Quote of the Day
I love producing. I am loving doing that. I think that is my most natural space in the business. I just love producing or editing and that's where I thrive.
My life needs editing.
I don't like camera trickery and editing and doubles and all of that.
The essence of cinema is editing. It's the combination of what can be extraordinary images of people during emotional moments, or images in a general sense, put together in a kind of alchemy.
Francis Ford Coppola
Film editing is now something almost everyone can do at a simple level and enjoy it, but to take it to a higher level requires the same dedication and persistence that any art form does.
Sometimes when you're heavy into the shooting or editing of a picture, you get to the point where you don't know if you could ever do it again.
I was saying as a joke the other day that I love film editing, I know how to cut a picture, I think I know how to shoot it, but I don't know how to light it. And I realize it's because I didn't grow up with light. I grew up in tenements.
I go through periods, usually when I'm editing and shooting, of seeing only old films.
There is anxiety, but it comes after you've finished filming because it's out of your hands; people are editing it, they're cutting it, marketing it. And it's... part your career sort of rides on that. But when you're actually filming it's a team thing and it really feels good there for me.
Editing is now the easiest thing on earth to do, and all the things that evolved out of word processing - 'Oh, let's put that sentence there, let's get rid of this' - have become commonplace in films and music too.
I have an adult emotional life and an editing system inside me which prevents me from being preposterously stupid.
When I started editing on my home computer, I said to myself, 'Well, I could be at home studying for a class or I could be at home editing a video.'
If you re-read your work, you can find on re-reading a great deal of repetition can be avoided by re-reading and editing.
Music is where I have the most creative freedom, but I love producing. To me, that's kind of where all the action is. You get a chance to have your hands in every aspect of a film. From picking a director, sometimes picking a writer, to the actors, the wardrobe, set design, editing, music, and marketing.
I directed a movie and now, I'm going to do the editing.
I'm really specific in the way that I shoot. I've always had a very good sense of what I need in the editing room. I used to shoot in a way that drew more attention to the camera and I've tried, in each film, to draw less and less attention to the camera. I think when you pay attention to the shots, you're aware of the fact that there's a director.
Well, Toronto, I consider to be the birthplace of my films. I've made three films and this is the third one to premiere here in the same theater on the same day at the same time - they are my audience. They're the people that I think about while I'm writing, directing, and editing. I specifically make movies for them.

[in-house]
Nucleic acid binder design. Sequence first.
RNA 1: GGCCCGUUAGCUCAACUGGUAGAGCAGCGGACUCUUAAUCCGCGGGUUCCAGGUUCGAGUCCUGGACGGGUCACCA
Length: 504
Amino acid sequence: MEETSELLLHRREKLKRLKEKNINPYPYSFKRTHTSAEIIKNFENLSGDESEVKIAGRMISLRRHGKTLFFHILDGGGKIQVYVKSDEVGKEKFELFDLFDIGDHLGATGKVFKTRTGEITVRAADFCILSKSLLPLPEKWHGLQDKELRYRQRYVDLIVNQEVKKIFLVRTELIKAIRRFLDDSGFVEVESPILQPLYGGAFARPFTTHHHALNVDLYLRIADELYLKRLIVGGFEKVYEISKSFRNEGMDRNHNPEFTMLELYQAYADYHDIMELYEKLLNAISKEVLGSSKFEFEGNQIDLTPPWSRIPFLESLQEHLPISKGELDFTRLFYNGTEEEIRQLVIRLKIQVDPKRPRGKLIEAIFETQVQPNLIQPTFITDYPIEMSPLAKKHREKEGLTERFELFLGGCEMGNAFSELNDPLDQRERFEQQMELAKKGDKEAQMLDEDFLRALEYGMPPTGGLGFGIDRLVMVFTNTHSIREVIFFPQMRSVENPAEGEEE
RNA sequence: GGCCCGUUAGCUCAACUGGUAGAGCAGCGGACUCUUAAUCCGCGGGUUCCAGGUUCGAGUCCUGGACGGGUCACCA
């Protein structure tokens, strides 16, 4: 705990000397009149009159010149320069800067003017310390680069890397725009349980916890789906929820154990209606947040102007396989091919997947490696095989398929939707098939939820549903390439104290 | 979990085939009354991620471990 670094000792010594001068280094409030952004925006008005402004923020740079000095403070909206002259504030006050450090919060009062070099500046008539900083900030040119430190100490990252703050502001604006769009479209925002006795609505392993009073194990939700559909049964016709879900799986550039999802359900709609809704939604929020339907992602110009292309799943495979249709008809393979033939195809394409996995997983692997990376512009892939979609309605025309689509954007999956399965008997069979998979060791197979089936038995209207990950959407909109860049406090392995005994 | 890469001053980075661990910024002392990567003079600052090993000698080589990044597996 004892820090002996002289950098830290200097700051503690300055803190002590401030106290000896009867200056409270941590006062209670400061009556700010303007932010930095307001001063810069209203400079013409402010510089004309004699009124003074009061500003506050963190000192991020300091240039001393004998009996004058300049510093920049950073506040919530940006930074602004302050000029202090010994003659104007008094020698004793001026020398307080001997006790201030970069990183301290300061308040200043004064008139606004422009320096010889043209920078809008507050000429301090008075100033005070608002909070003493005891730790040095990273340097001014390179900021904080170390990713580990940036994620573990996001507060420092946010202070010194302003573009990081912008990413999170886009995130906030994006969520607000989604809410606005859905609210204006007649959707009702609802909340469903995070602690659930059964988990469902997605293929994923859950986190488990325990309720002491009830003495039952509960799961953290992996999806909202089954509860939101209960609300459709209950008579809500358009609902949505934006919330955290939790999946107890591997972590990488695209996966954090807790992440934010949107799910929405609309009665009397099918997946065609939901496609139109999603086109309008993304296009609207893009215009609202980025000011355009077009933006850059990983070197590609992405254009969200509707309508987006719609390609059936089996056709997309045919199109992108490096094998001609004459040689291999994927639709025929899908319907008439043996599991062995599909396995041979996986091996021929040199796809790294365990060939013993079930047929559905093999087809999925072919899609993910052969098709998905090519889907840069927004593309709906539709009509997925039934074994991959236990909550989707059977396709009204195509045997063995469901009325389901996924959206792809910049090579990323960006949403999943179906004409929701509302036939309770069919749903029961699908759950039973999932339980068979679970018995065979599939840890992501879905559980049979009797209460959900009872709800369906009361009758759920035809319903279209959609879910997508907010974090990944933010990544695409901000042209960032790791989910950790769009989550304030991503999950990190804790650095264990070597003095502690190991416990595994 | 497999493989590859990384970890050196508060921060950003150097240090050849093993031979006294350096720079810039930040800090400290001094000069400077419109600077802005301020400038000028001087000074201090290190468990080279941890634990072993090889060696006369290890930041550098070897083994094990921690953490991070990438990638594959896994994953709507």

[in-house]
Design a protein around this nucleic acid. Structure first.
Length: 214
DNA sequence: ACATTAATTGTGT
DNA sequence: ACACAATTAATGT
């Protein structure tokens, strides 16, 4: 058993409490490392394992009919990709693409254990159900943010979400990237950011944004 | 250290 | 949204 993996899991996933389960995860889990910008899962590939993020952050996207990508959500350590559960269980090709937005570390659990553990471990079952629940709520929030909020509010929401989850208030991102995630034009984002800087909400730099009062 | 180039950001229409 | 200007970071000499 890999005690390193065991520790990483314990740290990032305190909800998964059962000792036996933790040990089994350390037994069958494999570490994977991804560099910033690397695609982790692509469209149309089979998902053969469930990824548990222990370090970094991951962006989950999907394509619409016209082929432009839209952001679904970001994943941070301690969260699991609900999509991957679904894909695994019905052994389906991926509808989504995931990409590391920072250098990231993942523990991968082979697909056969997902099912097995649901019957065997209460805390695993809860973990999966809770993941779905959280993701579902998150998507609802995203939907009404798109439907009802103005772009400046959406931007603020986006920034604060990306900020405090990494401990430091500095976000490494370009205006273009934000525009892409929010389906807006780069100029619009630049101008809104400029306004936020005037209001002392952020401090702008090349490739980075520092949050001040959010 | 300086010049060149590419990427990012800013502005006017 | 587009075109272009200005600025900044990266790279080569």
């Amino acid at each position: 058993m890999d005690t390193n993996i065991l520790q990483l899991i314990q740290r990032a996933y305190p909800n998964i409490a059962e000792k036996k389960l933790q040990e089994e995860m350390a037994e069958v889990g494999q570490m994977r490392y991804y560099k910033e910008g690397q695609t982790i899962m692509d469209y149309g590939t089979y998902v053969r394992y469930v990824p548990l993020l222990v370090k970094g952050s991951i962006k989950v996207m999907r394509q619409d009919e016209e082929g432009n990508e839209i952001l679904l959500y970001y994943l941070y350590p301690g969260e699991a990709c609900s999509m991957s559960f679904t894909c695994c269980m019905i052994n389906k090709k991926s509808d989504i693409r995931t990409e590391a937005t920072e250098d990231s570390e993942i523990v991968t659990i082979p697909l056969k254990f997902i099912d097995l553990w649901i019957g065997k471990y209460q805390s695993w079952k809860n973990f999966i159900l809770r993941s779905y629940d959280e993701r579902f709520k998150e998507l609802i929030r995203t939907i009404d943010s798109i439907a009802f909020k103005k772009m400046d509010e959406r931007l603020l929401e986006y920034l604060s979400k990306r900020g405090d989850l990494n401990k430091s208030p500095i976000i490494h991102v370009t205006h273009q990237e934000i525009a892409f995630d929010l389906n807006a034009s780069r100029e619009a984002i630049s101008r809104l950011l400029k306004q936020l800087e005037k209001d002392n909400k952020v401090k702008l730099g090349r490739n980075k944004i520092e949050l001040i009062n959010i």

The film is made in the editing room. The shooting of the film is about shopping, almost. It's like going to get all the ingredients together, and you've got to make sure before you leave the store that you got all the ingredients. And then you take those ingredients and you can make a good cake - or not.
Philip Seymour Hoffman
I can't drag myself away from 'Final Cut Pro.' It is a digital video editing system. I am obsessed with it, but I am always away from home, and I can't use it.
You know, I do music. If you look under the hood of the industry I'm in, it's all based on technology. From radio to phonographs to CDs, it's all technology. Microphones, reel-to-reels, cameras, editing, chips, it's all technology.
My goal is to strip things down so that you need just the right amount of words or shape to convey what you need to convey. I like editing. I like it very tight.
Editing is not a part of the filmmaking process I've ever been privy to as an actress.
Editing yourself is like an irksome coin toss. You've got to strip yourself of super ego and operate from the id. Maybe I've got my Freud mixed up. It's just hard to trade a beauty shot for the performance with truth and a brightly lit zit.
Well, you always discover a lot in the editing room. Particularly the action, because you have to over-shoot a lot and shoot an enormous amount of material because many of the sequences have to be discovered in the editing and manipulation of it.
But I suppose film is distinctive because of its nature, of its being able to cut through time with editing.
I love being on stage if I'm not on a set. If I'm at home, I'm usually in my office editing or reconstructing my website or whatever it may be. I just love putting creativity into a performance, so if the right script comes along, and I certainly am reading comedies and dramas now, then I'm ready willing and able to give it a shot.
I definitely in filmmaking more and more find writing and directing a means to harvest material for editing. It's all about editing.
Once you sign on as an actor, you know, you don't go to the editing room, you don't see how they cut, you don't see how they score, you don't see how they cast the rest of the movie.
With all editing, no matter how sensitive - and I've been very lucky here - I react sulkily at first, but then I settle down and get on with it, and a year later I have my book in my hand.
When you're doing a TV show, it's not like you just shoot for six weeks and you're in an editing room with all of your footage. It's like a guitar or a car, you have to fine tune things. You stop doing what's not working, you work on what is working and you add things that do work.
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